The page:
Not in a hurry, we departed Moab shortly before mid-morning, driving south on US Highway 191, and continuing southwest on US Highway 491 to Cortez, Colorado.
After checking into our “retro” motel, we drove to Mesa Verde National Park. Mesa Verde has always been a fascination for us. I visited once in the 1970s, and Kay and I visited in 2009 on our 2009 Southwest USA trip (see journal entry for Friday, September 26, 2009). Mesa Verde National Park is known for its well-preserved Ancestral Puebloan cliff dwellings, notably the huge Cliff Palace.
The Chapin Mesa Archeological Museum, having exhibits on the ancient Native American culture, was closed. Mesa Top Loop Road winds past archaeological sites and overlooks, including Sun Point Overlook with panoramic canyon views; regretfully, a significant portion of Mesa Top Loop Road was also closed. We did stop at a couple of the few overlooks that were open, and snapped off some photographs. Our first stop was at on overlook for Long House. Long House is nearly equal in size to Cliff Palace with about 150 rooms, 21 kivas, and a row of upper storage rooms. It may have been home to 150 to 175 people. Some of the architectural features in Long House suggest it was also a public place where people from all over Wetherill Mesa gathered to trade or hold community events. The formal plaza in the center of the site is larger than most villages and has some features not often found in other Mesa Verde archeological sites. For instance, the benches, vaults, and a raised firebox may indicate that this large open space was a dance plaza or great kiva, similar to Fire Temple on Chapin Mesa. The high number of rooms and kivas in Long House, plus the presence of the formal plaza suggest the community was a particularly significant place for Ancestral Pueblo people, perhaps serving both civic and ceremonial functions.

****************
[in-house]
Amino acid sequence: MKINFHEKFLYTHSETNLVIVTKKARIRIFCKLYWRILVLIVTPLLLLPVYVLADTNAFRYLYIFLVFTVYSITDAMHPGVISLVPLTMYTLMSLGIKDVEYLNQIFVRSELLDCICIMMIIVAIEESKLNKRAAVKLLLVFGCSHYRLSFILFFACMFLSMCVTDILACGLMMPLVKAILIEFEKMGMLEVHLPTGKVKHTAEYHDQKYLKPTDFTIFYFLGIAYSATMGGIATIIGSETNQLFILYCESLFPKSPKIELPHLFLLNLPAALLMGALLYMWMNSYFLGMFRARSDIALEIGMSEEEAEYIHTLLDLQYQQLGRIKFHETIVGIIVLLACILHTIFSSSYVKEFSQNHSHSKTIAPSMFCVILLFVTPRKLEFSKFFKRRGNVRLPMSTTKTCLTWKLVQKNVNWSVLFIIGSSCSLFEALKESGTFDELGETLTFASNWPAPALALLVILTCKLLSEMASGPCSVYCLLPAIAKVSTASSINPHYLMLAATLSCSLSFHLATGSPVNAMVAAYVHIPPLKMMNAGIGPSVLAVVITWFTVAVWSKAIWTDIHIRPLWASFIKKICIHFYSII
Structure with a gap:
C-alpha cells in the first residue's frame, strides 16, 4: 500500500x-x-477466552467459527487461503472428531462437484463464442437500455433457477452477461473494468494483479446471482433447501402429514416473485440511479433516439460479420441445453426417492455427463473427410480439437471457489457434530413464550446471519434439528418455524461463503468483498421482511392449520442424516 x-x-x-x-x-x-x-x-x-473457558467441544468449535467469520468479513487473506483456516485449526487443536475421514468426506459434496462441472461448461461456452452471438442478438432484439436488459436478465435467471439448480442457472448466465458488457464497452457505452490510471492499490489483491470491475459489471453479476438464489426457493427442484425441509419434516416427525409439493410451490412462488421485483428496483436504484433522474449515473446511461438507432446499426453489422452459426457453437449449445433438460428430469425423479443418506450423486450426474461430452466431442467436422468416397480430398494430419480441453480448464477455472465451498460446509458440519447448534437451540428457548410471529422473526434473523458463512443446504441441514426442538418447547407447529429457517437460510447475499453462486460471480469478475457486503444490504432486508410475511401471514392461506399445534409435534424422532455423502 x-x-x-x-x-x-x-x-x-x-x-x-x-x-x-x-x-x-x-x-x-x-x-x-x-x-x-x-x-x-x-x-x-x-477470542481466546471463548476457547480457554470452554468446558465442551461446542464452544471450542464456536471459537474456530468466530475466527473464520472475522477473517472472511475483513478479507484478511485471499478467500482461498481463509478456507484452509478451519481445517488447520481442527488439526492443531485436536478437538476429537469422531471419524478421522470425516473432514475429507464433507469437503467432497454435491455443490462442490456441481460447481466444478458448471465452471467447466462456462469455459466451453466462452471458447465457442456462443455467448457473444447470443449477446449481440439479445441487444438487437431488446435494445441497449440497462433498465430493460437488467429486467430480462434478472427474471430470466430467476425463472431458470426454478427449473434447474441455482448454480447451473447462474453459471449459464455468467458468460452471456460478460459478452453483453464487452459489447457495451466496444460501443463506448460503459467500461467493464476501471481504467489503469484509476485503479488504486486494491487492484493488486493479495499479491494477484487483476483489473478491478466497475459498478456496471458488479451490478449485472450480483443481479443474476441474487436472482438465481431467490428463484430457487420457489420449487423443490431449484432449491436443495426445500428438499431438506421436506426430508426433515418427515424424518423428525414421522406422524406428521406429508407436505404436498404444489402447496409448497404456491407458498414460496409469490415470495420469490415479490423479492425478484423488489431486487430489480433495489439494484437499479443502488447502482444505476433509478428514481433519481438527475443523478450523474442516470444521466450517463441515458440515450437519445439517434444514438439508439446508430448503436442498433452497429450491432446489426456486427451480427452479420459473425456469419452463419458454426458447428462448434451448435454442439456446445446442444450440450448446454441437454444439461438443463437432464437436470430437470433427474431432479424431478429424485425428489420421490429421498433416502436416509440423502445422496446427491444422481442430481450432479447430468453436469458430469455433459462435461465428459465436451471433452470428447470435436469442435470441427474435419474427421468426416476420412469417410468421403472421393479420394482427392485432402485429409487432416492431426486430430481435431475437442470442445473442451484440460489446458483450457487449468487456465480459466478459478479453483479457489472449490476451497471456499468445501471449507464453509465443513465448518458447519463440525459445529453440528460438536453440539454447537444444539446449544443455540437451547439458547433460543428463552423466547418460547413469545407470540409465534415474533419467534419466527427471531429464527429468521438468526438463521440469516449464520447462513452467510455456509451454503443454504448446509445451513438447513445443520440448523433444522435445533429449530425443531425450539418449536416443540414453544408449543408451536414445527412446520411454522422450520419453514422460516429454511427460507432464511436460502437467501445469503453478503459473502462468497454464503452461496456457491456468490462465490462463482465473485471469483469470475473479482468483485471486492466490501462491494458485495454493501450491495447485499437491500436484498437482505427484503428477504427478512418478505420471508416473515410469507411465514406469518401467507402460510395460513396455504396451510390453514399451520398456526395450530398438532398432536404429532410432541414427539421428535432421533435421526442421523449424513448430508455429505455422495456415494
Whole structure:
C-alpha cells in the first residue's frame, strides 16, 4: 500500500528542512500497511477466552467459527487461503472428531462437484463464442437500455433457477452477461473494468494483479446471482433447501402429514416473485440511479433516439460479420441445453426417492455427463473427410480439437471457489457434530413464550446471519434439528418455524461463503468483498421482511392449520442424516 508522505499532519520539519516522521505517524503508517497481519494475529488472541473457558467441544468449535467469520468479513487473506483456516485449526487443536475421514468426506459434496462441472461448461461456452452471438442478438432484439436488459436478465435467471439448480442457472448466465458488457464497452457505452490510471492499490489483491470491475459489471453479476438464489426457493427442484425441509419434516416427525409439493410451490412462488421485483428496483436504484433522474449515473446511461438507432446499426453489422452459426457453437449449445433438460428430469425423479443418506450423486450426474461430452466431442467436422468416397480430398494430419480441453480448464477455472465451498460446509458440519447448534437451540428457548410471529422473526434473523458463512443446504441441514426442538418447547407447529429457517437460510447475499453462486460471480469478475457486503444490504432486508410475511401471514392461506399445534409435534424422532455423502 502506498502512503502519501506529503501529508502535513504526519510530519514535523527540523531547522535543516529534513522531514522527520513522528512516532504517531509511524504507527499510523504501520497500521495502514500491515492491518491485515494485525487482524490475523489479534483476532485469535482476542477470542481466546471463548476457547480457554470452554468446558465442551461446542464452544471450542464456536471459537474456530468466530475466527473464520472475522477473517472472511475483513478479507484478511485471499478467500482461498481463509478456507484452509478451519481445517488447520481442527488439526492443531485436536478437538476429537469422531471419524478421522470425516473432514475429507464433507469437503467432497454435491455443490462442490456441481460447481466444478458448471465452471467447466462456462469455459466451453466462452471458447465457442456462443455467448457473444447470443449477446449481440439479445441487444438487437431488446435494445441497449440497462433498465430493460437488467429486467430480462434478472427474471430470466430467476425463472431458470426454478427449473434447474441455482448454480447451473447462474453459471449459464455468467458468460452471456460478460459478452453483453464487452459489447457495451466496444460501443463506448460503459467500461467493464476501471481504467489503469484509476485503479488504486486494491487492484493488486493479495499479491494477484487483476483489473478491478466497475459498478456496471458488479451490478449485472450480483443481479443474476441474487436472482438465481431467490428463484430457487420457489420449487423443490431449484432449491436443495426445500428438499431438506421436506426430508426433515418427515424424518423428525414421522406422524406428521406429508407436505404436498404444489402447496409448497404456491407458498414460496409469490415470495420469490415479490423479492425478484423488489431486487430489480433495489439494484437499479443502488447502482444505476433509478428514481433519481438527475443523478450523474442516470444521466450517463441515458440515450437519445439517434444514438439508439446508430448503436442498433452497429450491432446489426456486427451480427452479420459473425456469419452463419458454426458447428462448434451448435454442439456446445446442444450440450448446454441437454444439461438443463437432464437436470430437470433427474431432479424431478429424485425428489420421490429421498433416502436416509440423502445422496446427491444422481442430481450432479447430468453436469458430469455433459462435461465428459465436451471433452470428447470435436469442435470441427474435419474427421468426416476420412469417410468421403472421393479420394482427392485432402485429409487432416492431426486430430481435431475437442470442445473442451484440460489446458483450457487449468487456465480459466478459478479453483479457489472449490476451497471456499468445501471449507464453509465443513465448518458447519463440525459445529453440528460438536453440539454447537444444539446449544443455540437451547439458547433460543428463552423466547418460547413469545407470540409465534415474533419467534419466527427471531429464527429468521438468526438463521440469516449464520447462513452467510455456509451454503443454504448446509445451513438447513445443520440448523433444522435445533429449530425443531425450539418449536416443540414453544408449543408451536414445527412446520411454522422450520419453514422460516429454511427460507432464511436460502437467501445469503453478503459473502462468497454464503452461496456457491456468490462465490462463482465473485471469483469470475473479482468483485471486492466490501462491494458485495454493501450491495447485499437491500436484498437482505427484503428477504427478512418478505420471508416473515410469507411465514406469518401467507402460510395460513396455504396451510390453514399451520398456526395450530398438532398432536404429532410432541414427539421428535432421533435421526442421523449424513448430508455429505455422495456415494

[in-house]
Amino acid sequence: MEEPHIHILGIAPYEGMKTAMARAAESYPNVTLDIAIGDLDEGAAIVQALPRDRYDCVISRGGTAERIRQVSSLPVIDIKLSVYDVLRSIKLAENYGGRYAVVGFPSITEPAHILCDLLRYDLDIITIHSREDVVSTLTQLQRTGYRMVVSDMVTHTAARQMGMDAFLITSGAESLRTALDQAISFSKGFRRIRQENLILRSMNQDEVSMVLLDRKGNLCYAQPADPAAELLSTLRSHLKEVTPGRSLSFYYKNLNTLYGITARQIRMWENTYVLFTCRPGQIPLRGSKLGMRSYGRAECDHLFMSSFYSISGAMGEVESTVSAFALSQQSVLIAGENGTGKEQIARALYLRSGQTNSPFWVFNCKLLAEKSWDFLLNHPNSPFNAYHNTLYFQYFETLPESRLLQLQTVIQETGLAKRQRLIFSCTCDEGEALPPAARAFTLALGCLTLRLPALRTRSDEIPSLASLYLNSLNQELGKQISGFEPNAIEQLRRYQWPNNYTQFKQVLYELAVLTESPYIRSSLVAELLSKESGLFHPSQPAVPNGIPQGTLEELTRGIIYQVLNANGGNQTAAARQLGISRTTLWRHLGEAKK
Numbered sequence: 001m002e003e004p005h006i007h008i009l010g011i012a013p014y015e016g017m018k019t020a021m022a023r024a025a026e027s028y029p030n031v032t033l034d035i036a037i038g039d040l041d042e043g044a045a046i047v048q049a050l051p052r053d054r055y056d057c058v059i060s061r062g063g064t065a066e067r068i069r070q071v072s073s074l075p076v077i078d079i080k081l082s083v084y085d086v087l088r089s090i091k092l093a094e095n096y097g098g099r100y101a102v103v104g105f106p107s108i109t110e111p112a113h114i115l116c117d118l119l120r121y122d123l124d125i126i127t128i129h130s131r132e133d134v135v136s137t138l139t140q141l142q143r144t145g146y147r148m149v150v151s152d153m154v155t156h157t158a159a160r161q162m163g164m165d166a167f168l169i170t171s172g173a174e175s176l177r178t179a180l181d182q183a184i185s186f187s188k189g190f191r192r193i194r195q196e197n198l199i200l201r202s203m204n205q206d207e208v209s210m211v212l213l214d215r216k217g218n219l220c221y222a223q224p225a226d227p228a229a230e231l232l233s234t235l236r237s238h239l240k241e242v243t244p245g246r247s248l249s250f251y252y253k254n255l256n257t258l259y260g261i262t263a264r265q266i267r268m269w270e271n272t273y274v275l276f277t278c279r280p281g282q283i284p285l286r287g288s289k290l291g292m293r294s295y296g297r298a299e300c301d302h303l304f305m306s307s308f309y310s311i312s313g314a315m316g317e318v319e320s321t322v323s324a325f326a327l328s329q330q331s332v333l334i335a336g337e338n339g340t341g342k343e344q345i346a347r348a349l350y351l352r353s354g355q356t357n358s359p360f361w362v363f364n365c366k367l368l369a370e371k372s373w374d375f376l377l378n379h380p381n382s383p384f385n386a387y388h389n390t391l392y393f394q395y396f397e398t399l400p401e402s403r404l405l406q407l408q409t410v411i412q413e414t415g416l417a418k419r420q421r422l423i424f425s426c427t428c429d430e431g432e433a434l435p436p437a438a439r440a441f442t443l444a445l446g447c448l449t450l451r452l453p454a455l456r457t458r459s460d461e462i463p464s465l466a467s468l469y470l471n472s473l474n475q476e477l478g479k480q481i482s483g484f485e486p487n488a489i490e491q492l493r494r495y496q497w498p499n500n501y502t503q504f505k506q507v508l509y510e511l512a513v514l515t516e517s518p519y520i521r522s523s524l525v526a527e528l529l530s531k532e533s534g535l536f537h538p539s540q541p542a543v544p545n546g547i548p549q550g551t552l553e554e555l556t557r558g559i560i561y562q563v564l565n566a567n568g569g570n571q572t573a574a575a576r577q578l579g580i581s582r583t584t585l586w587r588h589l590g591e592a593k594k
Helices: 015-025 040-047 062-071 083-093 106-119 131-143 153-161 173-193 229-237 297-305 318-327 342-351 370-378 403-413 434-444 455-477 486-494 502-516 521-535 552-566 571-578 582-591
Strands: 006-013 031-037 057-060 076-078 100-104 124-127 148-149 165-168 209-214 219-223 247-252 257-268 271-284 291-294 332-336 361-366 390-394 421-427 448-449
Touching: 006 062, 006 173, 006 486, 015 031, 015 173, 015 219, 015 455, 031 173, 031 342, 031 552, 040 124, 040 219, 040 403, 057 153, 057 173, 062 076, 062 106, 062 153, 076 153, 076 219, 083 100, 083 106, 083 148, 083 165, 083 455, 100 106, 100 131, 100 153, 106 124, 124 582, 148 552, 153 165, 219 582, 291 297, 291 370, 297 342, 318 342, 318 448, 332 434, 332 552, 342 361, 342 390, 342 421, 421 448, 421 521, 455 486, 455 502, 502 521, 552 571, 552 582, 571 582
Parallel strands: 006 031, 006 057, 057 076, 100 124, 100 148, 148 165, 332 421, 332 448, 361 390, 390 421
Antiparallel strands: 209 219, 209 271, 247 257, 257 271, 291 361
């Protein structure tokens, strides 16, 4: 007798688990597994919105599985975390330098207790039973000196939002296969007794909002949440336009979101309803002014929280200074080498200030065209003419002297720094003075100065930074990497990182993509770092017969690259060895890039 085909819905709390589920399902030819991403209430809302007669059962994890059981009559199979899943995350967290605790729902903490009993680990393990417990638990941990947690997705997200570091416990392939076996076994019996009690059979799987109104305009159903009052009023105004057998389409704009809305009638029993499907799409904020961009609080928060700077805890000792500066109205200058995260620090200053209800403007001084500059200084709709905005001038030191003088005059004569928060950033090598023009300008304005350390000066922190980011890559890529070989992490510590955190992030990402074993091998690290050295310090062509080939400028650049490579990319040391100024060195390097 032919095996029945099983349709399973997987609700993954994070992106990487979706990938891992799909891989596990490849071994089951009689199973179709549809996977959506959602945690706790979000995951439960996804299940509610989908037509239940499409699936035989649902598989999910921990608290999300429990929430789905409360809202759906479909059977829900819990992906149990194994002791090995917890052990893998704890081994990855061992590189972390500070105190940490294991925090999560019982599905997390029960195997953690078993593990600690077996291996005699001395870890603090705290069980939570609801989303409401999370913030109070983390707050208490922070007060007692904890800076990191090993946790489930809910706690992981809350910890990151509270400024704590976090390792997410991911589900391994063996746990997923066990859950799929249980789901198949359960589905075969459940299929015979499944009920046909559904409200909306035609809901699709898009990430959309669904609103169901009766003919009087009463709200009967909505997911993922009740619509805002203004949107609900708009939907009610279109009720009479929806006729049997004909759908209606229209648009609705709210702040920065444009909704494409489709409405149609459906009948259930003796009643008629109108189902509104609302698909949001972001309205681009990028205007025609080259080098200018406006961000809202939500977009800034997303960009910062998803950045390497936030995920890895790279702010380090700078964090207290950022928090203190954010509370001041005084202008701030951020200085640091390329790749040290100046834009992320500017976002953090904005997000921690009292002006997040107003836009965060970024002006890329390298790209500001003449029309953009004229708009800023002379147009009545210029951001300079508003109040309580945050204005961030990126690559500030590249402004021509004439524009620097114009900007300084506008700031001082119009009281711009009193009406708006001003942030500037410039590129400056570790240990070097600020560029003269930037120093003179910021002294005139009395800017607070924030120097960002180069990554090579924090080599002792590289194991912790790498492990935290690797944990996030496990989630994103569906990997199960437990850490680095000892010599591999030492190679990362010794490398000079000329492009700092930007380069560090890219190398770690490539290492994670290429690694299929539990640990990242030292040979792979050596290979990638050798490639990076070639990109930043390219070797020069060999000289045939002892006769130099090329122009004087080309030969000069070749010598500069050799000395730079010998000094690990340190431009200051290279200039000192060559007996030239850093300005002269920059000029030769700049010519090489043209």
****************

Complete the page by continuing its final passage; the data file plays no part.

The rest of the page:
Our next stop was at an overlook for Cliff Palace. Mesa Verde Cliff Palace, the largest and most famous cliff dwelling in Mesa Verde National Park, has over 150 individual rooms and 23 kivas (rooms for religious rituals) with an estimated population of approximately 100 people. Because of so many closures, Mesa Verde National Park was a bit of disappointment, but fortunately our prior visit was thorough.